06/26/2013 Trip Notes:  Today we decided to drive to the Rainbow Spring, located on the western side of the Spring Mountain Range. While the temperatures back in Henderson reached a high of 108-degrees, with gusty winds and and an elevation of around 6,700 feet, the highest temperature we experienced during this hike was 80-degrees.  Even though our only goal was to reach the spring, we followed the use-trail that eventually took us up to the top of the ridge overlooking First Creek Canyon and Spring Mountain State Park in Cottonwood Valley, slightly north of the park’s hiking route to Sandstone Creek Canyon. At a stop about half-way up Rainbow Spring Road to capture a shot of a rabbit and a deer (missed both), I took the picture in (Fig. 01) of the Potosi mountain range to the south. Just shy of three miles up this loose gravel road, some boulders prevented us from traveling any further. After a short walk of only a few hundred feet, we began to encounter a fair amount of water running rather swiftly down the road (Figs. 03 & 04). Following this water stream for several hundred feet brought us to a quite large, lush meadow (Fig. 05), with a very old barbed wire fence (Figs. 05 & 07) running through the middle of it. Walking through the meadows tall grasses, we encountered several wildflowers (Figs. 06-08) being fed by the abundant water coming from the springs. The more we walked up this meadow, the wetter it became (Fig. 09). Once our feet started sinking several inches into the water soaked ground, we turned out of the meadow, never reaching the actual spring, and continued to hike up the road which led us to a very well defined use-trail. Following this trail (Fig. 10) we headed in a north easterly direction for approximately nearly an hour. After dozens of switchbacks that led us across three small mountain areas, we reached the end of the trail, the edge of a 6,750 foot ridge-line overlooking First Creek Canyon (Fig. 11). Continued below ….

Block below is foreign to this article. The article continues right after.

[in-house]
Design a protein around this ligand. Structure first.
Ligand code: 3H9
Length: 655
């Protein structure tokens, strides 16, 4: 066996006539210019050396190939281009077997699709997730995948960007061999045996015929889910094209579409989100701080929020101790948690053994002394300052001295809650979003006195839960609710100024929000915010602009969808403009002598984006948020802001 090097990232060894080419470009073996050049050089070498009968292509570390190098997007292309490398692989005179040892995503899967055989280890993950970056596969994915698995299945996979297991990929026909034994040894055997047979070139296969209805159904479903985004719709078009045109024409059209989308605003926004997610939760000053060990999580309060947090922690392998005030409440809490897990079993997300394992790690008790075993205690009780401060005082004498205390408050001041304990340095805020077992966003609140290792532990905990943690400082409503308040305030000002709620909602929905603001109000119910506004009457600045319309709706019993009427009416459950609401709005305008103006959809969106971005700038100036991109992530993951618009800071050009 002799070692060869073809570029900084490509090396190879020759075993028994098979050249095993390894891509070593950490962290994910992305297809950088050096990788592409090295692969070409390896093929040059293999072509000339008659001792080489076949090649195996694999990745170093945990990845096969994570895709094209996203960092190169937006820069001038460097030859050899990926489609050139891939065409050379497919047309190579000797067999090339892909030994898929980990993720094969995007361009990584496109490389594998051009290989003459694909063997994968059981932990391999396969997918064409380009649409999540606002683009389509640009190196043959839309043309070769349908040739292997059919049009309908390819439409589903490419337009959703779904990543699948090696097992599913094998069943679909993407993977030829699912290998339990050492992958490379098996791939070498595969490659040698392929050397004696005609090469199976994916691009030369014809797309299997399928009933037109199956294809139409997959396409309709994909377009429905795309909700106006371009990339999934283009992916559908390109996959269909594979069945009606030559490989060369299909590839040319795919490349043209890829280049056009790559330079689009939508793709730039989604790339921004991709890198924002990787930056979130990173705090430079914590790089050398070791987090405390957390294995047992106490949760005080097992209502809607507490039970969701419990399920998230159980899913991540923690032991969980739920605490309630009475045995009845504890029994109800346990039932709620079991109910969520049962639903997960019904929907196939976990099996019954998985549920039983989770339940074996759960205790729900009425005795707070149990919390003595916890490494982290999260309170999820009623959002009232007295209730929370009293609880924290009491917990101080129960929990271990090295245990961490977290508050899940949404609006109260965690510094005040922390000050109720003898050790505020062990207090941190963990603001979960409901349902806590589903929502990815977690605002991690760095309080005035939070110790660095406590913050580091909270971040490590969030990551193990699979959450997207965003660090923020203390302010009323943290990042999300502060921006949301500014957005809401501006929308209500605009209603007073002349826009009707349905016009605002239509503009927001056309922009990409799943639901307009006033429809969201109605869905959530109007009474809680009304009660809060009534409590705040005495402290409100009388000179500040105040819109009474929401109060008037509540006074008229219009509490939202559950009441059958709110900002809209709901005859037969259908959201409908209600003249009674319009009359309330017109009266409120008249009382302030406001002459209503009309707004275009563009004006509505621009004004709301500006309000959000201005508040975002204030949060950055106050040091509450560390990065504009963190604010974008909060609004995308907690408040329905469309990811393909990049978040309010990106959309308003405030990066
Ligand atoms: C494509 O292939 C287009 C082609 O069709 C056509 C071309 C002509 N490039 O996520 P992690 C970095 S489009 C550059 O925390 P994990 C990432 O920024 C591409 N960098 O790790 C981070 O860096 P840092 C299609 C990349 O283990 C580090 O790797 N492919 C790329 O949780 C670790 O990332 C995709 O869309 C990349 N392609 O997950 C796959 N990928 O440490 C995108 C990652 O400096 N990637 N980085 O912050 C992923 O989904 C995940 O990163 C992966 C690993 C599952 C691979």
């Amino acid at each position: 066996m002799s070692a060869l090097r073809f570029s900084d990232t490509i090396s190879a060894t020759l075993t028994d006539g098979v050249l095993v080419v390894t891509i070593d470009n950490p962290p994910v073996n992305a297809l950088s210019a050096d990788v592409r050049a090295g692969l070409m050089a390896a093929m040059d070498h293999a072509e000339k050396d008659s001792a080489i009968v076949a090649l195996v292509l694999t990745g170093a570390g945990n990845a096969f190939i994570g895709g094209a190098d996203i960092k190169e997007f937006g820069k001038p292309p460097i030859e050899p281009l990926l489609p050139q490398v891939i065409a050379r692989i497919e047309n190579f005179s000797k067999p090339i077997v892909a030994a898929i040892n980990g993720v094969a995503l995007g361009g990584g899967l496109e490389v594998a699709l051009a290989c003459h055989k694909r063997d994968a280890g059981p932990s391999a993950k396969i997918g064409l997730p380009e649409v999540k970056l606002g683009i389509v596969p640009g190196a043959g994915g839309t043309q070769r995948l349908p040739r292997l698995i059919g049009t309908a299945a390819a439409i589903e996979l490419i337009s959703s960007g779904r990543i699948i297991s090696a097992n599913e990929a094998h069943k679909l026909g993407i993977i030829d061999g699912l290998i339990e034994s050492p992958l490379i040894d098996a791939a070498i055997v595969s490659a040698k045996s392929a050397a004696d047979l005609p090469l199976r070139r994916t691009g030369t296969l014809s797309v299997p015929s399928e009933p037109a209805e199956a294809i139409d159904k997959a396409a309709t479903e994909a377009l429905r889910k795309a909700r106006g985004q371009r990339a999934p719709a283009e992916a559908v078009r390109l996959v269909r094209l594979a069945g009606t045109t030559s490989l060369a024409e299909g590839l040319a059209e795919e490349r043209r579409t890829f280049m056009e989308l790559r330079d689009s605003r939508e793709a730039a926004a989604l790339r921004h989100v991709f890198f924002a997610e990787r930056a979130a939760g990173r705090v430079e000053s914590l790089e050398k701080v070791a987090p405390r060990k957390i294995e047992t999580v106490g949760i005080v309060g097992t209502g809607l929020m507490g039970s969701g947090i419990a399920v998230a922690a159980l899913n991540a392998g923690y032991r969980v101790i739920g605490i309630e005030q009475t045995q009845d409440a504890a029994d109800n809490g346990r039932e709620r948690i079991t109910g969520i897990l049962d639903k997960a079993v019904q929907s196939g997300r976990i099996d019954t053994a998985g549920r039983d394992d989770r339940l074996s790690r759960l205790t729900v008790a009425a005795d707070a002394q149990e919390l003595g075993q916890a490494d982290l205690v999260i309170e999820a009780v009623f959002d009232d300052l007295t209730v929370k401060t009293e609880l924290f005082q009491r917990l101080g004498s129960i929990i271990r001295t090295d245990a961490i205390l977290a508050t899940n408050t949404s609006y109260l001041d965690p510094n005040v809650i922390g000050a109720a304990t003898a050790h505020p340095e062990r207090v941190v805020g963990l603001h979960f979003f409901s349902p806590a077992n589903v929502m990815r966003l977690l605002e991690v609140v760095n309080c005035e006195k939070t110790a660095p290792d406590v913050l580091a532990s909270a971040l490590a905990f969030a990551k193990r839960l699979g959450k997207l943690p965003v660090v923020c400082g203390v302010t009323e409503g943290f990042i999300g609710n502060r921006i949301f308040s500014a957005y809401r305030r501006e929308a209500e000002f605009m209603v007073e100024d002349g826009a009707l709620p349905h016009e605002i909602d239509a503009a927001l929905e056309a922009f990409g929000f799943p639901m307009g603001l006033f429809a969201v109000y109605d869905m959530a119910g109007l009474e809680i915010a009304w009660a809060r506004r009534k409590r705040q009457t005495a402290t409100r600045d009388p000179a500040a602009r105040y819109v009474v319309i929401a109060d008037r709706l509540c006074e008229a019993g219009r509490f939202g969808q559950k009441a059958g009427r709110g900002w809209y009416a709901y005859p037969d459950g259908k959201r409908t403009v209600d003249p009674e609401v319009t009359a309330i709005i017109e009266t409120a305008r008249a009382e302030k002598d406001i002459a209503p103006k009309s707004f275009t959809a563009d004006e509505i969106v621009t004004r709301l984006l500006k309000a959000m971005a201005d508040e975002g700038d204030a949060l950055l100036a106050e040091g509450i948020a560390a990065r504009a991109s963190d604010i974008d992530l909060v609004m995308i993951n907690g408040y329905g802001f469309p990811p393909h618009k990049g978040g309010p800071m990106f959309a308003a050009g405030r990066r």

(Fig. 03)
(Fig. 04)
(Fig. 05)
(Fig. 06)
(Fig. 07)
(Fig. 08)
(Fig. 09)
(Fig. 10)
(Fig. 11)
Because we arrived here so early in the morning, most of our pictures were taken while looking into the morning sun. As a result, none of these pictures accurately display the color and depth of what we were looking at. Staring down at the floor of Cottonwood Valley, more than a 2,700 feet below us, the views were absolutely breathtaking. Almost spellbound, we hiked up and down the ridge-line (Fig. 23) for more than an hour and a half, soaking in all the views we could absorb (Figs. 12 thru 18). Having not seen a single flowering or blooming plant on the hike to the ridge, I was amazed at not only seeing considerable vegetation, but several blooming cactus and wildflowers (Figs. 19 thru 22). I even chased a butterfly for about 10 minutes until I finally captured a picture (Fig. 20). Beautiful weather, a relatively easy hike, superb views and good company, it was a great day.
(Fig. 12)
(Fig. 13)
(Fig. 14)
(Fig. 15)
(Fig. 16)
(Fig. 17)
(Fig. 18)
(Fig. 19)
(Fig. 20)
(Fig. 21)
(Fig. 22)
(Fig. 23)

Creosote Bush (Larrea tridentata)

(Fig. 01)
Picture Notes: The picture in (Fig. 01) was taken while hiking in the Joshua Tree Wilderness Area off of Nipton Road,west of Searchlight, NV. The pictures showing the Creosote Bush during its flowering period (Figs. 02 & 03) were captured while hiking the Old Spanish Trail route as it passes through Cottonwood Valley on the south side of NV-160.